Breast Cancer, cooking oil and fried food.
Many people know what we eat has a bigger impact on our health than simply the calories consumed, but often we may forget that the preparation of the food can be just as important. Prepared the wrong way even the most nutritious foods can lose their health benefits, while new research suggests that what is used to prepare the food may be even more dangerous, especially for people fighting breast cancer.
Deep-frying is a globally popular form of food preparation, but a study in mice suggests that compounds in thermally abused cooking oils (cooking oil that has been repeatedly reheated to high temperatures) may trigger genetic, biochemical changes that hasten the progression of late-stage breast cancer, promoting the growth of tumour cells’ and their proliferation.
Each time dietary oils are heated to deep-frying temperatures, they undergo chemical alterations that result in a new matrix of lipid structures. These lipid products include triglyceride dimers, polymers, oxidized triglycerides, and cyclic monomers, which raises nutritional concerns about associations between these lipid products and heightened health risks.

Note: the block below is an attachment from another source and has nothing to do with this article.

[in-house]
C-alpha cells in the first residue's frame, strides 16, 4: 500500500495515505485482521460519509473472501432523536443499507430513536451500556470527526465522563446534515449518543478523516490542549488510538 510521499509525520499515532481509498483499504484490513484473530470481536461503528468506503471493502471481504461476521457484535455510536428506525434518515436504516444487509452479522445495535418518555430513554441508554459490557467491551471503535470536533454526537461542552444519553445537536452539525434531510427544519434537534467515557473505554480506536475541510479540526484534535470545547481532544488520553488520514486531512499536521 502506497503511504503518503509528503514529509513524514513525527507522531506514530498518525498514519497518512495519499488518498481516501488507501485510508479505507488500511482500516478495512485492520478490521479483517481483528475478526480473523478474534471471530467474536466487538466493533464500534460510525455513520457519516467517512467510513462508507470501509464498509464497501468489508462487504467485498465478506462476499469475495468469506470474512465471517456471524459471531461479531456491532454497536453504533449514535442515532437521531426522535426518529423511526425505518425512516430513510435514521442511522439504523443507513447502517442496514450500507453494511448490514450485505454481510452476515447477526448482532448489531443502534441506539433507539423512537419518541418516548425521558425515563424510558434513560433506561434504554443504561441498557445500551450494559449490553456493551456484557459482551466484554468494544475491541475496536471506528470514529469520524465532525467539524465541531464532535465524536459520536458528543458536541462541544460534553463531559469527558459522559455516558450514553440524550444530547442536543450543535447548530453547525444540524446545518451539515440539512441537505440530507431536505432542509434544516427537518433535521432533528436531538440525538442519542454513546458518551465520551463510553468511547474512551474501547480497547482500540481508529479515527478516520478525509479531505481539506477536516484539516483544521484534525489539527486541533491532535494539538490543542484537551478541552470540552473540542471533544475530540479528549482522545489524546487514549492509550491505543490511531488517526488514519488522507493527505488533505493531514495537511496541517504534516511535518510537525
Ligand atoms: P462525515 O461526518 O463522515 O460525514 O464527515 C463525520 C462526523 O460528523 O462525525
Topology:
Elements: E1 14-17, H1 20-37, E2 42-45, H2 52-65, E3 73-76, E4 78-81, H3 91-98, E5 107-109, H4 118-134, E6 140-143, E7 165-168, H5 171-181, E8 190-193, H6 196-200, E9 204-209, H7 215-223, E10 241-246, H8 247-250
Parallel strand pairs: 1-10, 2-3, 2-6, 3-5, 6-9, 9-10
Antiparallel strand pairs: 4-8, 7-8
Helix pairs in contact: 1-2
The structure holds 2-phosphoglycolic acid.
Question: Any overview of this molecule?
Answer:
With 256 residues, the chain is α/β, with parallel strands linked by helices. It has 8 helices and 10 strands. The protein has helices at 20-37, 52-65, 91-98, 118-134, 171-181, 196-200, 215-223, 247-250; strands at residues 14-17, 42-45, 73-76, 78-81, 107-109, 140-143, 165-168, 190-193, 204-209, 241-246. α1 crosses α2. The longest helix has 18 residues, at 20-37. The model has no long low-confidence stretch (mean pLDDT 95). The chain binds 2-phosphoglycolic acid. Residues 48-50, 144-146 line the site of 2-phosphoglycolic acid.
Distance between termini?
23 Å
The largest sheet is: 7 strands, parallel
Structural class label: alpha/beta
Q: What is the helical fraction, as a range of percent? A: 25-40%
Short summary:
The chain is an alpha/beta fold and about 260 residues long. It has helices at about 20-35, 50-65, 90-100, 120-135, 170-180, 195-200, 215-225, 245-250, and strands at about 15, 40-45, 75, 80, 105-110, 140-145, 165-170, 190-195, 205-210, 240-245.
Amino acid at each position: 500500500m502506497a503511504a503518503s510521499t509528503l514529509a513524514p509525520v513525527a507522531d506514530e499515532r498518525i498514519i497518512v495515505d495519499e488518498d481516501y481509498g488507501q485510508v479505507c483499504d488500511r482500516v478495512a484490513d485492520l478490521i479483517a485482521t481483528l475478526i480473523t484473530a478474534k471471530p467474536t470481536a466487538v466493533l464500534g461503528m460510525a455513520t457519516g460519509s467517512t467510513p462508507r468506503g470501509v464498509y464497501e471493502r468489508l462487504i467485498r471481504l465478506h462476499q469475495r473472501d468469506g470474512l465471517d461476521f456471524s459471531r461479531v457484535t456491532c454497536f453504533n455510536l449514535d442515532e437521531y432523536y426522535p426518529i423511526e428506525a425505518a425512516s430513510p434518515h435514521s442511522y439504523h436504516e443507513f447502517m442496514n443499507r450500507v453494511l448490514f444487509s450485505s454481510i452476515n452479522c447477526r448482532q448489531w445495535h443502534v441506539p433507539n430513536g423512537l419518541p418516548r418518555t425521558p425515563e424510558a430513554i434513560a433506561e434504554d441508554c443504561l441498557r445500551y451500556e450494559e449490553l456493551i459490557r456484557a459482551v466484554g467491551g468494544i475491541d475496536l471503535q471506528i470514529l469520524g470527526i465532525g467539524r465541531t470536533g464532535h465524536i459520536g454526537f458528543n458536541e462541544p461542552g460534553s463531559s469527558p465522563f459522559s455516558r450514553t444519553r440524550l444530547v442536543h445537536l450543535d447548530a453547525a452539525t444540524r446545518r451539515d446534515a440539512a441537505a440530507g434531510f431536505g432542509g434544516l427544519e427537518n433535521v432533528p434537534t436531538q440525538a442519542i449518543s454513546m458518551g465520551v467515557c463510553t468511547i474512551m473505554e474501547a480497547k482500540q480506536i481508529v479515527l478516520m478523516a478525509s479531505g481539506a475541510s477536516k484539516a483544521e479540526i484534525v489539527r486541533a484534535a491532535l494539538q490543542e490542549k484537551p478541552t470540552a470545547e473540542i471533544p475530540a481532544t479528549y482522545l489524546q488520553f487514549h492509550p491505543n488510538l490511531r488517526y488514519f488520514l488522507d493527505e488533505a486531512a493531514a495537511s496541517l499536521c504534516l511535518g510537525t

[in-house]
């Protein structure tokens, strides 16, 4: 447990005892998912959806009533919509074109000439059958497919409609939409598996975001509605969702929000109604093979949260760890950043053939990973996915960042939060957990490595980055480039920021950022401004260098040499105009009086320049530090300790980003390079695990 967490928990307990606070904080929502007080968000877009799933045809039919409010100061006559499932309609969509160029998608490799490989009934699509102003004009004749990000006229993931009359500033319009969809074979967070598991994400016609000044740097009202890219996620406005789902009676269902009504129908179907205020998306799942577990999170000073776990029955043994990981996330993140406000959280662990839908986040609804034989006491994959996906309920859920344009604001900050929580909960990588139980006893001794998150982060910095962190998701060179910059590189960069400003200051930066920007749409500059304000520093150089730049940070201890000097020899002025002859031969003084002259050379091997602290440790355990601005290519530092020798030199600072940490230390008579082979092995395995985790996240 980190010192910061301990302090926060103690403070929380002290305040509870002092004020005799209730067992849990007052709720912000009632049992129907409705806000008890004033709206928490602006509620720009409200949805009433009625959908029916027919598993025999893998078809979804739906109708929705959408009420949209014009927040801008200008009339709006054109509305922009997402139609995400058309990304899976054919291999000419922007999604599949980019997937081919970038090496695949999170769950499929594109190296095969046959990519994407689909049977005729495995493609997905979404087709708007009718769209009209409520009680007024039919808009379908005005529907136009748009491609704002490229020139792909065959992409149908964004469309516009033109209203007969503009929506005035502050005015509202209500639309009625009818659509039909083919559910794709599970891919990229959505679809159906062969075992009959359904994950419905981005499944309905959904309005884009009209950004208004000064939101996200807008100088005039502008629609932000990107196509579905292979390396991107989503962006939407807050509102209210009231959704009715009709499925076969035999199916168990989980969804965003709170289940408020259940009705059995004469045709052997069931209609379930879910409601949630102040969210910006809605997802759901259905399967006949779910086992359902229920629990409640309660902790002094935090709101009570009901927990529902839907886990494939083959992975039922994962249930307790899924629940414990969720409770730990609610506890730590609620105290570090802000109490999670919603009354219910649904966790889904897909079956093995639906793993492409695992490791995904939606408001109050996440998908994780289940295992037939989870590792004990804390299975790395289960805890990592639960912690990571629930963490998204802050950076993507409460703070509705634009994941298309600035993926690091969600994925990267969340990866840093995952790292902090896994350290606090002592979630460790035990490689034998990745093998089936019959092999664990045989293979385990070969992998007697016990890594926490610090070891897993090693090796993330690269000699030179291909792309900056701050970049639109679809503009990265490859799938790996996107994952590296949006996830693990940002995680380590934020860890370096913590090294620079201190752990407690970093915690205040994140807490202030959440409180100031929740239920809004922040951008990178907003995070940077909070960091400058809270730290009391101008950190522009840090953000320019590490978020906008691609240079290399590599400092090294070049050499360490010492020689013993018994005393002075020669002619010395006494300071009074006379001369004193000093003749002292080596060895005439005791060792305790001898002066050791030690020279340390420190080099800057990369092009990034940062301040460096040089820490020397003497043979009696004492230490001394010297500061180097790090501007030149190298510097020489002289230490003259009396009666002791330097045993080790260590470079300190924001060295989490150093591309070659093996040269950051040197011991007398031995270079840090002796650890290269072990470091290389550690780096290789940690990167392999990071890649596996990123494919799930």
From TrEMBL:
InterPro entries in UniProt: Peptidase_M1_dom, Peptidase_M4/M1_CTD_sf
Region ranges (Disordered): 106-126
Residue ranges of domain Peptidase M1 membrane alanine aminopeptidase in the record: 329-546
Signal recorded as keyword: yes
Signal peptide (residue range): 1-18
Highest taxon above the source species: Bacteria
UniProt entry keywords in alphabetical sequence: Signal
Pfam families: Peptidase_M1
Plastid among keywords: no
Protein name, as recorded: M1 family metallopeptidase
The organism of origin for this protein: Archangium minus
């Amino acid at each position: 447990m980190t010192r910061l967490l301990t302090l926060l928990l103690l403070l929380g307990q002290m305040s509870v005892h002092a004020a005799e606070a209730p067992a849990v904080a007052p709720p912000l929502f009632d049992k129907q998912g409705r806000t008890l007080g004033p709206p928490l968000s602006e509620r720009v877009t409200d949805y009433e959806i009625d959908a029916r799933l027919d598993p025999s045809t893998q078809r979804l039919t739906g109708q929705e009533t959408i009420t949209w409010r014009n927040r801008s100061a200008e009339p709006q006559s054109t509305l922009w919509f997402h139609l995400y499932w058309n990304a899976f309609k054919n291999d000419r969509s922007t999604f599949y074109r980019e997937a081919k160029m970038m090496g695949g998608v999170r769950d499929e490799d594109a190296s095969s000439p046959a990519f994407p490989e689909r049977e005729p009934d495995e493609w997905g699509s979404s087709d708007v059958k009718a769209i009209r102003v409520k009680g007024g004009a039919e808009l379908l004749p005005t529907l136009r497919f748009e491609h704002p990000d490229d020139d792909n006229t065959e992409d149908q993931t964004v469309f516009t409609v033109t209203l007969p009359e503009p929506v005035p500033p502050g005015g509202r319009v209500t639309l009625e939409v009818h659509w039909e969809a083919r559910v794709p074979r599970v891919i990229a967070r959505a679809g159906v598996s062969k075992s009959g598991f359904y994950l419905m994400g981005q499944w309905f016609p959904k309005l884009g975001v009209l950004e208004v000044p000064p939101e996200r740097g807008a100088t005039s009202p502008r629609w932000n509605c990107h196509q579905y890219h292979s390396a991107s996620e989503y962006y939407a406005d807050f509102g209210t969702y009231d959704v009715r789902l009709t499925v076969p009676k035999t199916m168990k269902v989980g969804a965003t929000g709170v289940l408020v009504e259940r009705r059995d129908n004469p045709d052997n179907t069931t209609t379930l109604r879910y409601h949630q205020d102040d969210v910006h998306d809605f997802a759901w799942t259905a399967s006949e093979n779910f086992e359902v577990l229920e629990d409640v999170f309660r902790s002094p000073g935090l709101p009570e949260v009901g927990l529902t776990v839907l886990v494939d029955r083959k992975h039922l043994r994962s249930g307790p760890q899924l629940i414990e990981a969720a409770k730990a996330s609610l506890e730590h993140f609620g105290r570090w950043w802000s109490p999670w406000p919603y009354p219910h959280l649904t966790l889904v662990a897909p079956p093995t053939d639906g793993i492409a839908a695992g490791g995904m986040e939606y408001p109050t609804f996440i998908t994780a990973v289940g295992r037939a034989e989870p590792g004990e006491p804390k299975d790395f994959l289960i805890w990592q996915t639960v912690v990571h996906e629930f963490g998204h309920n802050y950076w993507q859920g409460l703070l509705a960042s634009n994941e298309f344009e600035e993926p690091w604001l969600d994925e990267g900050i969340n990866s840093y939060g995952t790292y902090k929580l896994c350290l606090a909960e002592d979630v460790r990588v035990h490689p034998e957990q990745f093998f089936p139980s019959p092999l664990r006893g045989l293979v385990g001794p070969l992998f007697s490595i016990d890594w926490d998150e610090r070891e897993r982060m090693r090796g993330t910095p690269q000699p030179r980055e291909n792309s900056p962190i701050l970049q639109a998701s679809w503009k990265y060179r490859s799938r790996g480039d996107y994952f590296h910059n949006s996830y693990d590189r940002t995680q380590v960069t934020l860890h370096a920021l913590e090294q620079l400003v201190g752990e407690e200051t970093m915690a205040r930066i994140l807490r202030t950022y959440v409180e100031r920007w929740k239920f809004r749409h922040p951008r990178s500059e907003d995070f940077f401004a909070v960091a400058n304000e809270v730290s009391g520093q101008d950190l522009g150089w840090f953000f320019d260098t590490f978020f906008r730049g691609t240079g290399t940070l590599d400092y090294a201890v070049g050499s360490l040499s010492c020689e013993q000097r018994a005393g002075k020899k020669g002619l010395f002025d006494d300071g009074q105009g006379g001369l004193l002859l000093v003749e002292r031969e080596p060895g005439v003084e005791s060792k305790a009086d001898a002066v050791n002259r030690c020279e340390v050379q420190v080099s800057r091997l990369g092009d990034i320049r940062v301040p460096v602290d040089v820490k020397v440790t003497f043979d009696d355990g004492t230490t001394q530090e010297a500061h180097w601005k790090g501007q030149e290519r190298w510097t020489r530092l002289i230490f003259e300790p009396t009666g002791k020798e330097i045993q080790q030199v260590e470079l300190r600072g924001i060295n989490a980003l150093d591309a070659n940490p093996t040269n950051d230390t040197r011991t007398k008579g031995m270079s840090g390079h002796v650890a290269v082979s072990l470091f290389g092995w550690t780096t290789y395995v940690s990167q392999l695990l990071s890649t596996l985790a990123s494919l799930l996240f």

Soybean oil was used in the study because of its common use by the food service industry in deep frying. The mice that consumed the thermally abused oil had more than four times as much metastatic growth as the mice that consumed the fresh soybean oil. And when the researchers examined the animals’ lungs, they found more metastases among those that consumed the thermally abused oil. Gene expression in these animals’ livers was altered as well.
Unlike America, where there is no regulation, countries in Europe regulate the amount of polar materials in frying oil (chemically altered triglycerides and fatty acids used as chemical markers of oils’ decomposition), with typically restaurants permitted to use oil containing up to 24-27% polar material. Yet the study only used thermally abused oil containing about 15% polar material, while fresh oil contains 2-4%. As the food sucks up the oil during cooking, the higher the risk the more of this food you eat. And as breast cancer survivors’ biggest fear is recurrence, the concern for the researchers is such food might cause reactivation. So, lifestyle, diet and food preparation may all have a role to play to reduce breast cancer risk, in combating it and in its recurrence.
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